“Introduction to the Book of Job,” Old Testament Seminary Teacher Manual (2014)
“Job,” Old Testament Seminary Teacher Manual
One of the most basic questions any person of faith must wrestle with is why bad things happen to good people. The book of Job gives an account of a righteous man who faithfully responded to difficult trials. Job’s experience invites us to ponder difficult questions about the causes of suffering, the frailty of human existence, and the reasons to trust in God, even when life seems unfair. Throughout all of his trials, Job retained his integrity and his trust in God even when another suggested that he “curse God, and die” (Job 2:9). Because all of us may feel like Job at one time or another, this book offers a poignant analysis of some of life’s most difficult questions.
We do not know who wrote the book of Job.
We do not know when or where the book of Job was written.
The book of Job is written almost entirely in poetic language, with a prologue and an epilogue in prose, and is often classified as wisdom literature. One of the book’s most unique qualities is that it asks two difficult questions—“Why do righteous people choose righteousness?” and “Why do the righteous suffer?”—but offers no simple answers. Instead, the book of Job invites faithful readers to exercise faith in God, as when Job said of the Lord, “Though he slay me, yet will I trust in him” (Job 13:15). The book also urges the faithful to look beyond the trials of this life to the glorious Resurrection, made possible by the Savior, for Job boldly testified, “I know that my redeemer liveth, and … in my flesh shall I see God” (Job 19:25–26).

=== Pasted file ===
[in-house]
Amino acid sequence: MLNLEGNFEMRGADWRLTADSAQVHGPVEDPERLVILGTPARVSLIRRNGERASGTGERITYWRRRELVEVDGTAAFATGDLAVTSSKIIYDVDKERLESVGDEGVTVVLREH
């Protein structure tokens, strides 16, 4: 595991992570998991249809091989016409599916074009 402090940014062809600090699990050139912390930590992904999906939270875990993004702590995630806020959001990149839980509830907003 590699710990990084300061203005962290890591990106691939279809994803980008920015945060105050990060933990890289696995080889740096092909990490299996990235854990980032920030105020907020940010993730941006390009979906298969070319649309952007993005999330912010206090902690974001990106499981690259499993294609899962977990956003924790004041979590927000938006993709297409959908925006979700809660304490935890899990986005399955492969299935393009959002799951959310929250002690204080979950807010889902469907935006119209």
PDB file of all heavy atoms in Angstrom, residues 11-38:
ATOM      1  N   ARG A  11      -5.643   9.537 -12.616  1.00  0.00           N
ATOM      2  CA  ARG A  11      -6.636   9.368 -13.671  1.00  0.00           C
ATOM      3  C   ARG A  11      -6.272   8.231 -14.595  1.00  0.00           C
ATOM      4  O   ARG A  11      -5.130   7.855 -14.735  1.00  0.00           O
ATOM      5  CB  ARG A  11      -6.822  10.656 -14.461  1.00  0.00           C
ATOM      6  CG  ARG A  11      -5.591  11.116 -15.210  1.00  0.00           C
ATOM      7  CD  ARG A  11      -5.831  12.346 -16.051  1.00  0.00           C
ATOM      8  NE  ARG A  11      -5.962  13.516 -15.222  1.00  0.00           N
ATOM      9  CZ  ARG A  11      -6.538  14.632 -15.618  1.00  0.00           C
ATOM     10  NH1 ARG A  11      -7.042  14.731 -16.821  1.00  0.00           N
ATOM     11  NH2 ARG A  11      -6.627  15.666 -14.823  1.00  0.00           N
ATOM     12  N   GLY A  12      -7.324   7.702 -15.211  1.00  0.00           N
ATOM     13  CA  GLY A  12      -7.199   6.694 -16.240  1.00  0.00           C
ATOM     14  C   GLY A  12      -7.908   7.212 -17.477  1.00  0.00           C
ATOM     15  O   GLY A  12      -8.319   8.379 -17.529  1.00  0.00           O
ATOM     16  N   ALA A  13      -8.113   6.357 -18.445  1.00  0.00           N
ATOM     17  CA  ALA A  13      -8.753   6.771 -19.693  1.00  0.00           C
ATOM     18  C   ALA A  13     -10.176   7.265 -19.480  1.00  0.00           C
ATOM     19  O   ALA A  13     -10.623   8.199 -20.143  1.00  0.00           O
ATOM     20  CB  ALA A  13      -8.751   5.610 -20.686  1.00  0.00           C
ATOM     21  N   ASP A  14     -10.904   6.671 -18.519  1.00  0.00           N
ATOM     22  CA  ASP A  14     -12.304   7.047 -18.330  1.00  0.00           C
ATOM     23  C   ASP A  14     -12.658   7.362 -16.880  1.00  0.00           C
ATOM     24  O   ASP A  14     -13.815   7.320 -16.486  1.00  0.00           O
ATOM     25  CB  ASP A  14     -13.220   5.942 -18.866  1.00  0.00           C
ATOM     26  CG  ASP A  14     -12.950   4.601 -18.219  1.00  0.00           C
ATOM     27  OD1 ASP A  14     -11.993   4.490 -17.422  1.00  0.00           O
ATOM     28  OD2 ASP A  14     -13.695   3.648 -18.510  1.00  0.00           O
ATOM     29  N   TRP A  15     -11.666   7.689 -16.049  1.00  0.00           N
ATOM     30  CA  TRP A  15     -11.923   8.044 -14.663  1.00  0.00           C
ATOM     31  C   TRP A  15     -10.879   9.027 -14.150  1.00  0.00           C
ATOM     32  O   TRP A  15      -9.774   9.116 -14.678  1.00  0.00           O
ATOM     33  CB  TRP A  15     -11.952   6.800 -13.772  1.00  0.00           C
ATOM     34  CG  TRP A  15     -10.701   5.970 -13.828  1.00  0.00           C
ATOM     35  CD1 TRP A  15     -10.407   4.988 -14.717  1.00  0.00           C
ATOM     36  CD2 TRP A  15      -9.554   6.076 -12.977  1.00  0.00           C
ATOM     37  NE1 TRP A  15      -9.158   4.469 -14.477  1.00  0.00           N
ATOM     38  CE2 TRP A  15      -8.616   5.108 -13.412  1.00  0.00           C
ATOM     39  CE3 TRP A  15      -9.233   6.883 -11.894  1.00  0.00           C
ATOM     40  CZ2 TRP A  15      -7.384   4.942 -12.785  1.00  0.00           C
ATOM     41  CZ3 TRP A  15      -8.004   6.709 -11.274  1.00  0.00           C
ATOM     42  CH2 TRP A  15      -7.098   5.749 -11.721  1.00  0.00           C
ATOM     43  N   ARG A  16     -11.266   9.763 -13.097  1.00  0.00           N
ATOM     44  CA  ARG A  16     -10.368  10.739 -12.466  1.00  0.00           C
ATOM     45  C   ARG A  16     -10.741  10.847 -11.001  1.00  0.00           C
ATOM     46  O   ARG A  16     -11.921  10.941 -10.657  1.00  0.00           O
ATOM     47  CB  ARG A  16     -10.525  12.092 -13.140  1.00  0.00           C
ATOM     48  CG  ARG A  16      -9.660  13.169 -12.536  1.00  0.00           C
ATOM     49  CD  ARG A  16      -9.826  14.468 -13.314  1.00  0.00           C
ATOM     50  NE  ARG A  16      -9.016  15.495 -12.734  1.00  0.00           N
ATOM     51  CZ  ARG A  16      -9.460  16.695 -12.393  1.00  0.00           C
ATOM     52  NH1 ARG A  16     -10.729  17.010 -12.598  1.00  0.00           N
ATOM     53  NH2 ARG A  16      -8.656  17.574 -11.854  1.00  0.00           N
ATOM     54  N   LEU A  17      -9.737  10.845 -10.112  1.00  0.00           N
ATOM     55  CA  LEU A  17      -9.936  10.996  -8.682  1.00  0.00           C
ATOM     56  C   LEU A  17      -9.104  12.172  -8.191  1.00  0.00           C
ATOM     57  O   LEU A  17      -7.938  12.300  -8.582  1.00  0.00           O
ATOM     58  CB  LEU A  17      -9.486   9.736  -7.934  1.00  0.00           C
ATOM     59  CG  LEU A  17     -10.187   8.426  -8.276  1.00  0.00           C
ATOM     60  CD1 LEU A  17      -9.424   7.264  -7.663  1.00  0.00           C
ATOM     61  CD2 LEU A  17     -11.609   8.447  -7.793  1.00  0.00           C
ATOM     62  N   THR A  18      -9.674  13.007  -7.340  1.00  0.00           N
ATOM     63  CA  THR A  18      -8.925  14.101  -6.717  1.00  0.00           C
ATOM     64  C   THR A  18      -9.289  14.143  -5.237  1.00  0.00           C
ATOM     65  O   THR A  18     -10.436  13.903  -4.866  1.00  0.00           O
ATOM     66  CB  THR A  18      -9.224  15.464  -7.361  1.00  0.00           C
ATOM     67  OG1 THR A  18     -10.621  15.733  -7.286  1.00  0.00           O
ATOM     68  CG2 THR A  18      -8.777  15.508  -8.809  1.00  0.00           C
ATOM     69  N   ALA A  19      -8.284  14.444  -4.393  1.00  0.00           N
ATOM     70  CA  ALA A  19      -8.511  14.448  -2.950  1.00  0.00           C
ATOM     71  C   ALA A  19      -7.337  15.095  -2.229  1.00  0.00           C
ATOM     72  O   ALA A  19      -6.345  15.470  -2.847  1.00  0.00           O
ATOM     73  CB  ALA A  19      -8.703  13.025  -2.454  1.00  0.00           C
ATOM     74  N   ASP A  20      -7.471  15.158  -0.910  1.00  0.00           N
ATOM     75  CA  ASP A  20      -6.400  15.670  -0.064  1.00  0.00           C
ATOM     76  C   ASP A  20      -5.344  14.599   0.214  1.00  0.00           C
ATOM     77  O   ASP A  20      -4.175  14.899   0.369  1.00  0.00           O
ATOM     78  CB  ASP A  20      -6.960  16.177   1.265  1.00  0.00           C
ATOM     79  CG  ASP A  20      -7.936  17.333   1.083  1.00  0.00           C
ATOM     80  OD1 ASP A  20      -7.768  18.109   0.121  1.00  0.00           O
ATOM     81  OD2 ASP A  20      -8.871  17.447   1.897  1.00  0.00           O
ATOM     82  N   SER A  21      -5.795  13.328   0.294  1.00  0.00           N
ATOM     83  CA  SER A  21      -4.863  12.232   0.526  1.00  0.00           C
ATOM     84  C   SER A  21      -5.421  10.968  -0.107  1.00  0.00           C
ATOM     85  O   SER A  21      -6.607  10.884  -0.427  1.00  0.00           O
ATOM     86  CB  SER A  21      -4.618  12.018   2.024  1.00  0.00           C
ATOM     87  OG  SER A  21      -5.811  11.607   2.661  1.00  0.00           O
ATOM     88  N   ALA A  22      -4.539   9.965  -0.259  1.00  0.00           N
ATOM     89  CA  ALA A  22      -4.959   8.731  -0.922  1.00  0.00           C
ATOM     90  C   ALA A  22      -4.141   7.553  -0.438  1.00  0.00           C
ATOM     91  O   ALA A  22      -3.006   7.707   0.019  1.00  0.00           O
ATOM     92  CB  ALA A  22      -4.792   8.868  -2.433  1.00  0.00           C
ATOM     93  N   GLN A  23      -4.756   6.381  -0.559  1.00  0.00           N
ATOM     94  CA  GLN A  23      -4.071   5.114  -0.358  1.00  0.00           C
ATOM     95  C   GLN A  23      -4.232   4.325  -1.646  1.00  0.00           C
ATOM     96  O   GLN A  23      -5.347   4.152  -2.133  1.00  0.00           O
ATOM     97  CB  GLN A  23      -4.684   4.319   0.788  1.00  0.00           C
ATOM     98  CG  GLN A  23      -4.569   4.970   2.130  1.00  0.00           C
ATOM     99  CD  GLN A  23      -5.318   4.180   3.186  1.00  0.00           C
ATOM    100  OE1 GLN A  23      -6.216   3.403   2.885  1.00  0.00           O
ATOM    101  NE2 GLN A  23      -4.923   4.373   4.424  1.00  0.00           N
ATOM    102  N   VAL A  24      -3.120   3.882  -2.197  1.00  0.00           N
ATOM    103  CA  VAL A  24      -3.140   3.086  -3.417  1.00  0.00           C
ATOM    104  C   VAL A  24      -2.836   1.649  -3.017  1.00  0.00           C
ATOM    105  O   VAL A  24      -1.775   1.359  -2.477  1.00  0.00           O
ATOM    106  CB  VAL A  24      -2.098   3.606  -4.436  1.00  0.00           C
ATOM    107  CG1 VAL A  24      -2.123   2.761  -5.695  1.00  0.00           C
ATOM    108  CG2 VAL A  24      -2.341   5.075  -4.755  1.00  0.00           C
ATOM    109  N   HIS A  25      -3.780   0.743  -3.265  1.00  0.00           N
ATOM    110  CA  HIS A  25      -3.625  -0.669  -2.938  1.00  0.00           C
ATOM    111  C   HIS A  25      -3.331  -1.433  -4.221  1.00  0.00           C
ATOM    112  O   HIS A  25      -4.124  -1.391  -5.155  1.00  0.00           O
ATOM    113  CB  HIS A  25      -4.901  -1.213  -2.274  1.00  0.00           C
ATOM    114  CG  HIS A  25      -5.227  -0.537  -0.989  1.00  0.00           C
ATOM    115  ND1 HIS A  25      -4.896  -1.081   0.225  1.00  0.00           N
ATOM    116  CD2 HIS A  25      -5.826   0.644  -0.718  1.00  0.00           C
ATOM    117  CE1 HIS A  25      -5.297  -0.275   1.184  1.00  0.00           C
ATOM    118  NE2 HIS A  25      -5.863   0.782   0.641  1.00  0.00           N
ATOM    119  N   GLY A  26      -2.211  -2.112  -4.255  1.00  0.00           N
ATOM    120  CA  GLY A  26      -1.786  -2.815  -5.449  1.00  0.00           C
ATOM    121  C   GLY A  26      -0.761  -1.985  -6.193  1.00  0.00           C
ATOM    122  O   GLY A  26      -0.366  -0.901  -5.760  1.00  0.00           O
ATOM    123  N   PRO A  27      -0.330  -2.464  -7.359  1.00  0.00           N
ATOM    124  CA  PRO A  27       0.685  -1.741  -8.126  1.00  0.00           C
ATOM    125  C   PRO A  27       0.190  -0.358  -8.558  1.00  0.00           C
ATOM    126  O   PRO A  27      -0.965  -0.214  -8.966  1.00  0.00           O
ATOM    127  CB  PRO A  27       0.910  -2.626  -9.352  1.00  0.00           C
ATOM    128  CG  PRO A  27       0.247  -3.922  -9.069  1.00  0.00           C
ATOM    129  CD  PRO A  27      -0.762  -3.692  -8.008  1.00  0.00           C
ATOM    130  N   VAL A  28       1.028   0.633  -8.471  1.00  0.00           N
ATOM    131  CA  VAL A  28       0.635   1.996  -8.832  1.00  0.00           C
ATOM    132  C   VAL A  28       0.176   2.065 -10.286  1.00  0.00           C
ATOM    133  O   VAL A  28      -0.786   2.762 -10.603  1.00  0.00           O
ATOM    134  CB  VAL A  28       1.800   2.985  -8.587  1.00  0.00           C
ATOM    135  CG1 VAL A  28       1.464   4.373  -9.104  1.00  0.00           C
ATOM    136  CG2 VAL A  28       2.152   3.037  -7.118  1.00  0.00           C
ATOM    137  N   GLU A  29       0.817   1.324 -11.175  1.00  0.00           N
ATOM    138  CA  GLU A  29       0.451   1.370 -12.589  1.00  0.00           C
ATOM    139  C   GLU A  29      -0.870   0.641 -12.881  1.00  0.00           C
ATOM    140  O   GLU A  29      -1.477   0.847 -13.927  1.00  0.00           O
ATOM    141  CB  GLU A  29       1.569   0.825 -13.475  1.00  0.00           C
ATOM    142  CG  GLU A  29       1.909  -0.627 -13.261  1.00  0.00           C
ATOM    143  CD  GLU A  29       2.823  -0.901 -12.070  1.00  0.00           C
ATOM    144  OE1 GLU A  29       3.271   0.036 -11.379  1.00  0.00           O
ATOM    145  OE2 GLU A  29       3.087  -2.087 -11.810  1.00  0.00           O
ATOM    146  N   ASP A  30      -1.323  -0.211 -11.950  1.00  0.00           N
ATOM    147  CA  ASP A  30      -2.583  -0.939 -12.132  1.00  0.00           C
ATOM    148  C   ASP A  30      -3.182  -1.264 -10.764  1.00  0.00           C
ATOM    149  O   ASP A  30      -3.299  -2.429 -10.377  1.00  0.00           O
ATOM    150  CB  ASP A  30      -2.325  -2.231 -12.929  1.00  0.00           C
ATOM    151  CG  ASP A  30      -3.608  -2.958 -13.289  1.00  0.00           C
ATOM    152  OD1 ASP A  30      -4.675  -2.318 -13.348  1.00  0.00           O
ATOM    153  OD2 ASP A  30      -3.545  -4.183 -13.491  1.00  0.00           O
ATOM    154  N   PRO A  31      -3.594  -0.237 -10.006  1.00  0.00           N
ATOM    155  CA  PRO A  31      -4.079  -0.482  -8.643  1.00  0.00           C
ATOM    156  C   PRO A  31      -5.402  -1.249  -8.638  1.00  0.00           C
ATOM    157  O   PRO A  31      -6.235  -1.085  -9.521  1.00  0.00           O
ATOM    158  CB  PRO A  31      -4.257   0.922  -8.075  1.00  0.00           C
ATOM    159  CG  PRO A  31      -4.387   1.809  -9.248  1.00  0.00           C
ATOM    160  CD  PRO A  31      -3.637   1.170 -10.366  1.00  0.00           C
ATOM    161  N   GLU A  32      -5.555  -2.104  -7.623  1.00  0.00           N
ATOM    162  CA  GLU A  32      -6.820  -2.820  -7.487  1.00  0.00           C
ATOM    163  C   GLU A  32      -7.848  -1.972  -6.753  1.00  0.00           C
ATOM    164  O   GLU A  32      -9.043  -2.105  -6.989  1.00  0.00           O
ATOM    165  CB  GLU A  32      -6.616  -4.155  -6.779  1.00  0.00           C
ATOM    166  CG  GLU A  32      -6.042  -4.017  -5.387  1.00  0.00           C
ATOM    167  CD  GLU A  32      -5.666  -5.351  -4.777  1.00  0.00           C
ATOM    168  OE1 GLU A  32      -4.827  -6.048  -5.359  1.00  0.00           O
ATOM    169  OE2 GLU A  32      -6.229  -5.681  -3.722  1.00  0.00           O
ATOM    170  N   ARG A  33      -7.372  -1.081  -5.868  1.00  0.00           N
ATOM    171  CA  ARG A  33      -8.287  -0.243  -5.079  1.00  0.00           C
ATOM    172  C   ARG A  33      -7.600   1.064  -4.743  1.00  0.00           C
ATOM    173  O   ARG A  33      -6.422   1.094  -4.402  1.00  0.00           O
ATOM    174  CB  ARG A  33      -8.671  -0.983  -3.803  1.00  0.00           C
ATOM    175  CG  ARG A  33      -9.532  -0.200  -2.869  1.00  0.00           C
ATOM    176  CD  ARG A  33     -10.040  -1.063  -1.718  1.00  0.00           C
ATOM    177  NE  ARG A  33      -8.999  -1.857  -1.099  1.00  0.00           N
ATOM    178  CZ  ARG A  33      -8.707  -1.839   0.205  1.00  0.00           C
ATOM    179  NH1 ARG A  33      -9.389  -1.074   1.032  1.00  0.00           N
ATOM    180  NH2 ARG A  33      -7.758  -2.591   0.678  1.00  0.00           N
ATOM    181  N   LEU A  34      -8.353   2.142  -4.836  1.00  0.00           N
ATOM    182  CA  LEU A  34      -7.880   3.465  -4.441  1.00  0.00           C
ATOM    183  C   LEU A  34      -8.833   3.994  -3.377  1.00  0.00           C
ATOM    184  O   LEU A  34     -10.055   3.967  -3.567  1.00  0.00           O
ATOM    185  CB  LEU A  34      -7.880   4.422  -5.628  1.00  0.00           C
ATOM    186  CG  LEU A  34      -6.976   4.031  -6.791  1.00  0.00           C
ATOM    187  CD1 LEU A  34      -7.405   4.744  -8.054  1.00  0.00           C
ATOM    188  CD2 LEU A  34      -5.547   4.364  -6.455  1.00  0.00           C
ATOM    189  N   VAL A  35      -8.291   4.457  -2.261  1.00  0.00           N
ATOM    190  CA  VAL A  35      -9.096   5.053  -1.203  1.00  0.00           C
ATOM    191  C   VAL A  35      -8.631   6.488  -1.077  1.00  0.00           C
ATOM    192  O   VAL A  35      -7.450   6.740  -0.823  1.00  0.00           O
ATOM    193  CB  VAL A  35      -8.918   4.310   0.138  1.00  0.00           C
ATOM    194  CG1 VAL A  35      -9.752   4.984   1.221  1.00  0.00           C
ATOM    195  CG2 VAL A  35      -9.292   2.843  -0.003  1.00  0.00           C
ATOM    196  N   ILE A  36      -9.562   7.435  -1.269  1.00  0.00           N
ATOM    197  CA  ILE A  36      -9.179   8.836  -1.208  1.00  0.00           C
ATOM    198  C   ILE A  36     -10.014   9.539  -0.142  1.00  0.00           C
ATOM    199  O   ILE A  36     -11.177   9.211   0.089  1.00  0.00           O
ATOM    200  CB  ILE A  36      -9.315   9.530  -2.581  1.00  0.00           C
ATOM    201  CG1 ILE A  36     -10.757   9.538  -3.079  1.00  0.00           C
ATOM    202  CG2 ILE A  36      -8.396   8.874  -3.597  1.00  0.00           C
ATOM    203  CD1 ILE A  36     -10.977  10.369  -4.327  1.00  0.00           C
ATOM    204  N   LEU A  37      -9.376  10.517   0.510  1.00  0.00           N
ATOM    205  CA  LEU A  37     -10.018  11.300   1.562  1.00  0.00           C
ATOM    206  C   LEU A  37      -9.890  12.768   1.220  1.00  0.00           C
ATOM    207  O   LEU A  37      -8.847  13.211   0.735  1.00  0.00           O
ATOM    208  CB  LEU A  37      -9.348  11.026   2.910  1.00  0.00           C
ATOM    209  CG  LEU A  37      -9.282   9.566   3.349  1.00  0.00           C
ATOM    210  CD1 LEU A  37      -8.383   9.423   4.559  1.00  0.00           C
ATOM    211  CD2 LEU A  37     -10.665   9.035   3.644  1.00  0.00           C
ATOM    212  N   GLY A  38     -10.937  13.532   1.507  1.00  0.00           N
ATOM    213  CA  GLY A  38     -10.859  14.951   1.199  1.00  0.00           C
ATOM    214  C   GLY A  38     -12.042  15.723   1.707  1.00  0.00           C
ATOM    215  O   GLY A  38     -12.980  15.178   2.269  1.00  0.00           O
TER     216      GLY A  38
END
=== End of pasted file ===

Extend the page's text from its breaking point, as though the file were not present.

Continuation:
The book of Job is also distinctive for a passage confirming the reality of the premortal life, in which “the morning stars sang together, and all the sons of God shouted for joy” at the Creation of the earth (Job 38:7).
Modern revelation confirms the existence of the man Job. As recorded in the Doctrine and Covenants, Jesus Christ comforted the Prophet Joseph Smith by comparing his afflictions to those of Job: “Thou art not yet as Job; thy friends do not contend against thee, neither charge thee with transgression, as they did Job” (D&C 121:10).
Job 1–2 In a prologue that begins the poetic narrative, the Lord and Satan are imagined to discuss Job’s faithfulness and prosperity. Satan suggests that Job is righteous only because he is blessed. The Lord gives Satan permission to afflict Job but not kill him. Job perseveres and remains faithful through the loss of his personal wealth, his children, and finally his own health.
Job 3–37 Job laments his afflictions and wonders if it would have been better to never have been born. Three of Job’s friends, Eliphaz, Bildad, and Zophar, come to offer comfort to Job but begin to question his claims that he does not deserve his suffering. The four then discuss the nature of suffering in this life. Job’s friends say that God’s justice does not punish the righteous; therefore, Job’s suffering must be linked to some sin he has committed. Job avows his innocence and maintains his trust in God, even though he does not know why these trials have come upon him. A younger man named Elihu then offers his insights on the reasons for Job’s suffering.
Job 38:1–42:6 The Lord appears and asks Job many questions, leading Job to consider the ultimate power and superiority of God. The Lord explains to Job that it is difficult for a mortal to see things from His perspective. Job humbly submits to the Lord and His judgments.
Job 42:7–16 In a brief epilogue, the Lord blesses Job for his faithfulness by granting him double the possessions he lost, allowing him to have the same number of children once more, and restoring him to his former status. Job lives a long and full life.